Gowanus Residents Protest Brooklyn Bowl Owner’s Planned Kid-Friendly Rock ‘n’ Roll Club

Casual Rock and Roll bus. (Image: Rock and Roll Playhouse)

Forget the old kids in bars fight—now we’re fighting over kids’ bars! Sort of. Last month, Brooklyn Bowl owner and music promoter Peter Schapiro was given the go-ahead to open the Rock and Roll Playhouse, a kid-friendly music space–slash–restaurant-bar in an 8,000 square foot warehouse at 280 Bond Street in Gowanus. A group of locals called We Are Gowanus is fighting the plan, citing zoning regulations.

We Are Gowanus, which the New York Daily News described as made up of “Carroll Gardens residents,” claim Schapiro’s club violates the area’s residential zoning, but Team Schapiro argue that the building’s historic use has grandfathered the space as commercially zoned. The Rock and Roll Playhouse has a long list of age-specific music instruction for children, as distinct from its evening programming, which its website says “will feature Jazz,” which is not very rock and roll. We Are Gowanus is concerned about the noise of a late-night music venue affecting “the neighborhood of brownstones and leafy backyards,” at least some of them likely occupied by We Are Gowanus’s Carroll Gardens residents.

Anyone who has walked through Gowanus at night, even on a weekend, would agree that a rock and roll warehouse would be hard not to notice, though just how disruptive and just how rock-and-roll it would be may be equally up for debate. The neighborhood is certainly changing quickly, with new restaurants, residential high-rises, and a (kids’) tennis club, all of which will affect the character (and the noise level) of super-residential Carroll-Gowanus Gardens-Canal, putting many current residents understandably on edge.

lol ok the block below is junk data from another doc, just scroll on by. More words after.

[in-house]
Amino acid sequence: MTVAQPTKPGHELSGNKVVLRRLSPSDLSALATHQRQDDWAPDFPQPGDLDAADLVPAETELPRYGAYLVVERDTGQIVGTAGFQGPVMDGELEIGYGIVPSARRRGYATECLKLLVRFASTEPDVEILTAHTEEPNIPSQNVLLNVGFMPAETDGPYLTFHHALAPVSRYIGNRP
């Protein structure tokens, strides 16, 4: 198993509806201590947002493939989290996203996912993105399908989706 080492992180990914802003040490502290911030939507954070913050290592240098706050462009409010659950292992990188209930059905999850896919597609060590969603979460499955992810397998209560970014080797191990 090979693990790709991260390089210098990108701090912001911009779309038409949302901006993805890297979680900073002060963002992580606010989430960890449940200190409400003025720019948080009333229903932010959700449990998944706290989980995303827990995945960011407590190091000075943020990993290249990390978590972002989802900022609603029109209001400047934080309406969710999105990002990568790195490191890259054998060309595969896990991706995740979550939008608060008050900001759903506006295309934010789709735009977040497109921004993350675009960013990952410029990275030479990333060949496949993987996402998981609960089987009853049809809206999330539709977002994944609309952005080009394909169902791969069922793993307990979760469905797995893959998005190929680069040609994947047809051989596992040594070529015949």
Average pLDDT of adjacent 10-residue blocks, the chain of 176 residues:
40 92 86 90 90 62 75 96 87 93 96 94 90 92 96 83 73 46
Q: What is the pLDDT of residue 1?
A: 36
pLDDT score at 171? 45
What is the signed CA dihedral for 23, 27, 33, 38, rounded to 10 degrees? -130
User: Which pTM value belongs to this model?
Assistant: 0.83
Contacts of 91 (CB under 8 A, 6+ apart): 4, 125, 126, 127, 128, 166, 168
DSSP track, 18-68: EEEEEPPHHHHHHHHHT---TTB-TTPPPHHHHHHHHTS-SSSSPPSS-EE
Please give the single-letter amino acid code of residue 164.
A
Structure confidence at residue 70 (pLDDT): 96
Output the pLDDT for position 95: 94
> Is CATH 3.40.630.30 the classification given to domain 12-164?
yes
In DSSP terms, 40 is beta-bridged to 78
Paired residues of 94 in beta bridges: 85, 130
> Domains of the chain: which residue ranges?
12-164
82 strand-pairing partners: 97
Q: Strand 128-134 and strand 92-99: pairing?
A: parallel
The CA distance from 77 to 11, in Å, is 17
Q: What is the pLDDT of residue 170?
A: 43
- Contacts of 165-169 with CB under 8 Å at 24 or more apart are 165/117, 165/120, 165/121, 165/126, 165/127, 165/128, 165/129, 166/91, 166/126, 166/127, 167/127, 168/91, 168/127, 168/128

Whatever the fate of the Rock and Roll Playhouse, Brooklyn will soon be down one rock and roll kids space with the closing of Frolic, in a high-rise waterfront development in Williamsburg. If Schapiro’s playhouse wins its legal fight, in the rapidly approaching shadows of Fourth Avenue development, the neighborhood may be well on its way to earning the dubious and cyclical title of “the new Williamsburg,” or at least “the new new Williamsburg”—at least as far as the kids go.

Follow John Sherman on Twitter @_john_sherman.

CORRECTION: A previous version of this post misspelled Peter Schapiro’s name as “Peter Shapiro.”

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